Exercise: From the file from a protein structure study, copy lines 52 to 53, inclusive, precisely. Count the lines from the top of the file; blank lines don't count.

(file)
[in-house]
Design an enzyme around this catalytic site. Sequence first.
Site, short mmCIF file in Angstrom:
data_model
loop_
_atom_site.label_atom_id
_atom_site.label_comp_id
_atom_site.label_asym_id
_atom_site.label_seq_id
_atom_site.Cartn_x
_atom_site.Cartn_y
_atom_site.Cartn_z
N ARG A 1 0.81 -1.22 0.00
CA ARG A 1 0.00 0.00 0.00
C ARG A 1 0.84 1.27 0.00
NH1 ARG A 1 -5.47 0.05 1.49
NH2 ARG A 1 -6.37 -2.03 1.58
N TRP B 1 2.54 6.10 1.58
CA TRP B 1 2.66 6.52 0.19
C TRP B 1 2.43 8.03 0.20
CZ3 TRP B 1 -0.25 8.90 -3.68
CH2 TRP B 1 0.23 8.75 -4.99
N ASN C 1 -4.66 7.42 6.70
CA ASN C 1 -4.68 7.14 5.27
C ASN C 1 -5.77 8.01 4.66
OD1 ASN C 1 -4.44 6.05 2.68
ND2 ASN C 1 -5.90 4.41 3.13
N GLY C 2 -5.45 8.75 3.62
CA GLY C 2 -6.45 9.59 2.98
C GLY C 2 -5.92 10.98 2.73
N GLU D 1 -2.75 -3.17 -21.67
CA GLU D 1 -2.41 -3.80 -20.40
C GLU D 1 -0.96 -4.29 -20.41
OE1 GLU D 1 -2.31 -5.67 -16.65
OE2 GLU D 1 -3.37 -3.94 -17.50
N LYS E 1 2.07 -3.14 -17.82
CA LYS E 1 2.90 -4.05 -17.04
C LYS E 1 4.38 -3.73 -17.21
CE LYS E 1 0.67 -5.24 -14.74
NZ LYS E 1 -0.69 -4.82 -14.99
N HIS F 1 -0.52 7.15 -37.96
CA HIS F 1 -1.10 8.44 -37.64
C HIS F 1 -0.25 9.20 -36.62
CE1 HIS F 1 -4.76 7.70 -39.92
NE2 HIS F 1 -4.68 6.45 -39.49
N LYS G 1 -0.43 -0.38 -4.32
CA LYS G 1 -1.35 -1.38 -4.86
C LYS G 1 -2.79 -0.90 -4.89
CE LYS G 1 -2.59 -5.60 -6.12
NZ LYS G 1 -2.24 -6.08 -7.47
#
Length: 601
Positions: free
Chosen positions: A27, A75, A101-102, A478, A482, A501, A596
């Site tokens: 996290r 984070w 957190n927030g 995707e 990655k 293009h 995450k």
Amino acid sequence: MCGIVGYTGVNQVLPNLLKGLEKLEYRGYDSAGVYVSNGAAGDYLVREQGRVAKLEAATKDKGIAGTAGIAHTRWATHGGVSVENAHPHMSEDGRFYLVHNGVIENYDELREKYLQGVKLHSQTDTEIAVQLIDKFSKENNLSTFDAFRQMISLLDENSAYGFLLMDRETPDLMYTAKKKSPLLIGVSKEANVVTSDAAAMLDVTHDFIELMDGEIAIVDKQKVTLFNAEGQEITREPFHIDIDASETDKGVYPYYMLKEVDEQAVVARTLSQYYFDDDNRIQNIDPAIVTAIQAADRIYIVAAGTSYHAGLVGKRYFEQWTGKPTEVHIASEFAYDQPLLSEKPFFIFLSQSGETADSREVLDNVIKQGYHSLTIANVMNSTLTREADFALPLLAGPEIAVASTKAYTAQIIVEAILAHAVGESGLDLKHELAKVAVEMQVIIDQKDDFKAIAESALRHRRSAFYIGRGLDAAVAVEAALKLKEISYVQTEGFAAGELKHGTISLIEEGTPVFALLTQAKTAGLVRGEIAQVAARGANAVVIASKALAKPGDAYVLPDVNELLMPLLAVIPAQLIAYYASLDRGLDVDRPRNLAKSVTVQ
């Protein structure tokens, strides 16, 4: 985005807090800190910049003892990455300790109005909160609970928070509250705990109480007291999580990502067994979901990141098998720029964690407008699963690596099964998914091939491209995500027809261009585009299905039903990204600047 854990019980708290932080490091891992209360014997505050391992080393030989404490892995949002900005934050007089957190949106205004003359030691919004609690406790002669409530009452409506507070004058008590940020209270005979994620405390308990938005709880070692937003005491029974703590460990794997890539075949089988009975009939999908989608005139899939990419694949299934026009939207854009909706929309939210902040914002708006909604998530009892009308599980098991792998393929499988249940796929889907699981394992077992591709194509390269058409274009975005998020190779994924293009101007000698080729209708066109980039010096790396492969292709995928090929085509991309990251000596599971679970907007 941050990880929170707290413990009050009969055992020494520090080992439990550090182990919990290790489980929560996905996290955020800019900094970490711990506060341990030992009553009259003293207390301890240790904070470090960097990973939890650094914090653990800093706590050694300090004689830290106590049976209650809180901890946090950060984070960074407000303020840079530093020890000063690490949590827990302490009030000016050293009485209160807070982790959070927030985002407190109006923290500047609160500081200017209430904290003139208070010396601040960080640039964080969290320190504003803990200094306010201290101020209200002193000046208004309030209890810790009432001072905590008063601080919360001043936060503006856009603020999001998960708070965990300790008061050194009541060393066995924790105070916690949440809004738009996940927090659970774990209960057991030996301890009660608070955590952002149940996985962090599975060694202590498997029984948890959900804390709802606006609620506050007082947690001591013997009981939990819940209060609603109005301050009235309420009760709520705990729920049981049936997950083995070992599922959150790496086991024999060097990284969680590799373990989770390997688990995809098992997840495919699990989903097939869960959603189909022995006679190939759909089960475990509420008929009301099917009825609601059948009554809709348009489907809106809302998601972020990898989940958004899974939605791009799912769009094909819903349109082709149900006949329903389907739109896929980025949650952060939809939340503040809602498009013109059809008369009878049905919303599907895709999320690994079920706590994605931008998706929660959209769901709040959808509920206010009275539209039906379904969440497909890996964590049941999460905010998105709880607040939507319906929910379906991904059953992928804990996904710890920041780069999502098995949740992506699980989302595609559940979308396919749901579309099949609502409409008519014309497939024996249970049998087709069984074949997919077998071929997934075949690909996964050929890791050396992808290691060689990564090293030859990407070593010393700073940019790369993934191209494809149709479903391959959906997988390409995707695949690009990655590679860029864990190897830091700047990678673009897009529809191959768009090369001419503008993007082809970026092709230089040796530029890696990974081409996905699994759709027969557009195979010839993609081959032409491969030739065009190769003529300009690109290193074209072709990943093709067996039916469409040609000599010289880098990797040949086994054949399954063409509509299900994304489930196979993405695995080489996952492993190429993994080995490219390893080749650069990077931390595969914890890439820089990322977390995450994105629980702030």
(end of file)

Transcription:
Length: 601
Positions: free